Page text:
Putin’s plan to rule for longer than Stalin
Russia’s parliament approves new constitution that allows Putin to stay on for another 16 years
Both houses of the Duma - Russia’s parliament - have given their approval to constitutional changes that would allow President Vladimir Putin to remain in power for the next 16 years.
Only one of the 620 lawmakers in the lower and upper houses voted against the sweeping amendments, which do not extend presidential term limits but reset the clock so Putin can serve another two terms.
The legislation would let the president remain in office until 2036, surpassing Stalin to become the second-longest-serving Russian leader after Peter the Great.
It was proposed by Valentina Tereshkova - a parliamentarian, but also the first woman in space. “Given his enormous authority, this would be a stabilising factor for our society,” she said.
In its current form, the country’s constitution demands that Putin will leave the presidency in 2024, when his current term ends, but few Russia-watching analysts had expected him to relinquish power.
In January, he announced that he planned to instigate constitutional changes, and many commentators speculated that he would shift power from the presidency to politburos such as the state or security council, allowing him to remain as de-facto ruler while giving up the title of president.
Some guessed he would go so far as to unite Russia and Belarus, taking up the reins in Minsk and ruling as leader of both nations.
The last time his term limit was approaching, Putin opted to become prime minister, pulling the real strings of power while Dmitri Medvedev served as president from 2008 to 2012, before returning to the office he has inhabited since then.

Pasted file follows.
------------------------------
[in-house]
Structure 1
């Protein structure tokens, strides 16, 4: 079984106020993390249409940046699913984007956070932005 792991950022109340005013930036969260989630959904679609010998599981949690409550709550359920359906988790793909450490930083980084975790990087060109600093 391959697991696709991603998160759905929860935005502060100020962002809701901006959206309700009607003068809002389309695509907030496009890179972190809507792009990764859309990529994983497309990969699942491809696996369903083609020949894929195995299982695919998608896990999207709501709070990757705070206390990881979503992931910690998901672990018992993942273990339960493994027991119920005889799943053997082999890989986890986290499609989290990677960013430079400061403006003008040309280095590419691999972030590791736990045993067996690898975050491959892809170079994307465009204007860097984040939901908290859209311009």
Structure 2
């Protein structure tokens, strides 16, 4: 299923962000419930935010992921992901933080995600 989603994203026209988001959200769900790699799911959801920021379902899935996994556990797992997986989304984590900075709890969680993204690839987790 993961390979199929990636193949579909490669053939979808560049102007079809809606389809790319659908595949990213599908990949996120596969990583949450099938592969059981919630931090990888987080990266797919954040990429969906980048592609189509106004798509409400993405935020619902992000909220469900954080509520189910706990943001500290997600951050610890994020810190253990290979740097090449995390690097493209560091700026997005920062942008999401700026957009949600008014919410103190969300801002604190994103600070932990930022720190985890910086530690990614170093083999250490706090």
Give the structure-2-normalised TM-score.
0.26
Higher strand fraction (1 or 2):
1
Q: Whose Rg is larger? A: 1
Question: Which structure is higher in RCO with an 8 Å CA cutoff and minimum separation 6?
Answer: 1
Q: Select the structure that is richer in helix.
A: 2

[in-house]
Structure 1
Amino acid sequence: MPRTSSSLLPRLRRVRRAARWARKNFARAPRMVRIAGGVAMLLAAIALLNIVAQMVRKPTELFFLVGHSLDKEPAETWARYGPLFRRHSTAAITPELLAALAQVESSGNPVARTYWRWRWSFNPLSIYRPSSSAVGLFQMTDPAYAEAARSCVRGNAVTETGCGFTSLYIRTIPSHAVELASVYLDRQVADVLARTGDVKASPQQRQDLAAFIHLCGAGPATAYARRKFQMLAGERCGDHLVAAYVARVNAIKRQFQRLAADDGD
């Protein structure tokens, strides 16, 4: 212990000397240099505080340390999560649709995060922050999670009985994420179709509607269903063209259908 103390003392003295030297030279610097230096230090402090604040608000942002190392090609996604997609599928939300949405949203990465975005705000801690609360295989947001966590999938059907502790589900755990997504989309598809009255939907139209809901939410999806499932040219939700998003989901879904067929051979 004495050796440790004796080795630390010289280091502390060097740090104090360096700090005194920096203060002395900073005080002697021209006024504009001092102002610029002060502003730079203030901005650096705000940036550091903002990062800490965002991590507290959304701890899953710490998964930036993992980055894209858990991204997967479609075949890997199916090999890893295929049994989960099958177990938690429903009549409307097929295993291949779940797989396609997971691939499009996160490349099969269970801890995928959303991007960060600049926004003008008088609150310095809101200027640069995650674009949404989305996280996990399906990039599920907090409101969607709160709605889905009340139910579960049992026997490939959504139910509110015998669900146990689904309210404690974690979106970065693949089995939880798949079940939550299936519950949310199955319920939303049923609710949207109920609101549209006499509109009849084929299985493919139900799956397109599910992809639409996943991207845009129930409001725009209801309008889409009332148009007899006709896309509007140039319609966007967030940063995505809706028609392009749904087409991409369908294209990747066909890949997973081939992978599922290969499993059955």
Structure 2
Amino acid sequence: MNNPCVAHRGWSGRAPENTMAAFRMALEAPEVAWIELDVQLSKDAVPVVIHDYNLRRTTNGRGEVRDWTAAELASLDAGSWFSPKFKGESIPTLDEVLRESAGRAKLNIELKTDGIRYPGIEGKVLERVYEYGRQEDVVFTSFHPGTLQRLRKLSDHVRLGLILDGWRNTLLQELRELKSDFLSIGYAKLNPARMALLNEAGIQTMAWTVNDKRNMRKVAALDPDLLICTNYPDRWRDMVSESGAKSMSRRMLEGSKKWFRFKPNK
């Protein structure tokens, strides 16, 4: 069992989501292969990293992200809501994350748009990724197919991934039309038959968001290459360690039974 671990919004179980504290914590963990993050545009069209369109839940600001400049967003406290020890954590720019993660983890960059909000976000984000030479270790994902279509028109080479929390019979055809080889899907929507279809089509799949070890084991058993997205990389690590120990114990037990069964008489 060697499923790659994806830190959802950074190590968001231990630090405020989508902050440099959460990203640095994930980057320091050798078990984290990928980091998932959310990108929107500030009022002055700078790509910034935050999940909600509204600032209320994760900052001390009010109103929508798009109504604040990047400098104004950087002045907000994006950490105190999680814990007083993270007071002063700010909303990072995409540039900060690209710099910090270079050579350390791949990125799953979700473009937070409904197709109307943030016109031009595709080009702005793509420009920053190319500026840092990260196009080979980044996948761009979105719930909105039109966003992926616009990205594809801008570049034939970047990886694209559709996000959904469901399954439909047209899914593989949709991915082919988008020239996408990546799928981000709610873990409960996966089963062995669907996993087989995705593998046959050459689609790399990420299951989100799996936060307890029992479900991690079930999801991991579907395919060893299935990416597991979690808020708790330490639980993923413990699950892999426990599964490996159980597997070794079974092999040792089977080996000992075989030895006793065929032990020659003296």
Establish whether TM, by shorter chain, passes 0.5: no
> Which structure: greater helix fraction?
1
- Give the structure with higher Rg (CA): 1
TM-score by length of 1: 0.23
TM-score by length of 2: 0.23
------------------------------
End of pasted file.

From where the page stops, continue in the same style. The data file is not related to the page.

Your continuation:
This time he has opted for the blunter methods employed by both Xi Xinping of China and Turkey’s Recep Tayyip Erdoğan - both of whom have changed their countries’ constitutions to allow them to hold power beyond what was previously allowed.
What exactly is Putin proposing?
“The amendments grant the president near-absolute power, further reduce the authority of elected mayors and scrap the primacy of international norms over Russian laws,” say The Economist. “The power-grab is shrouded in the language of God, ancestral traditions, heterosexual families and sacred victory in the second world war (the 75th anniversary of which Russia will mark on May 9th).”
The legislation must be approved by Russia’s constitutional court and a nationwide referendum, which is set for April 22. Neither are expected to oppose the move.
“Putin remains popular among many Russians,” says Radio Free Europe, “even though the country experienced some of its largest pro-democracy demonstrations last summer over the barring of opposition candidates in some municipal elections.”
The changes to limits on Putin’s term as president are embedded in a raft of other populist constitutional amendments, such as, says the Financial Times, “pledges to increase wages each year and a ban on gay marriage.”
These changes are calibrated to increase the likelihood of the legislation being accepted by the public in April.
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Will the country accept Putin’s move?
Russia and its neighbours have long leaned towards strong individual rulers in the Tsarist model. Since the collapse of the Soviet Union in 1991, only Baltic states have seen relatively stable transitions of power. Ukraine, Georgia, Armenia, and Kyrgyzstan have all experienced dysfunctional changes of administration.
In his speech to the Duma on Tuesday, Putin acknowledged this perception.
“I’m sure the time will come when the highest, presidential authority in Russia will not be, as they say, so personified - not so bound up in a single person,” he said. “But that is how all of our past history came together and we cannot, of course, disregard this.”
The president, he continued, is the guarantor “of the security of our state, of its internal stability - its internal, evolutionary stability - and I mean evolutionary. We’ve had enough revolutions.”
“Mr. Putin’s declaration in 2011 that he’d return to the presidency helped precipitate large-scale street protests,” says The New York Times. “But despite a burst of anger online, it wasn’t clear whether something similar would play out this time.”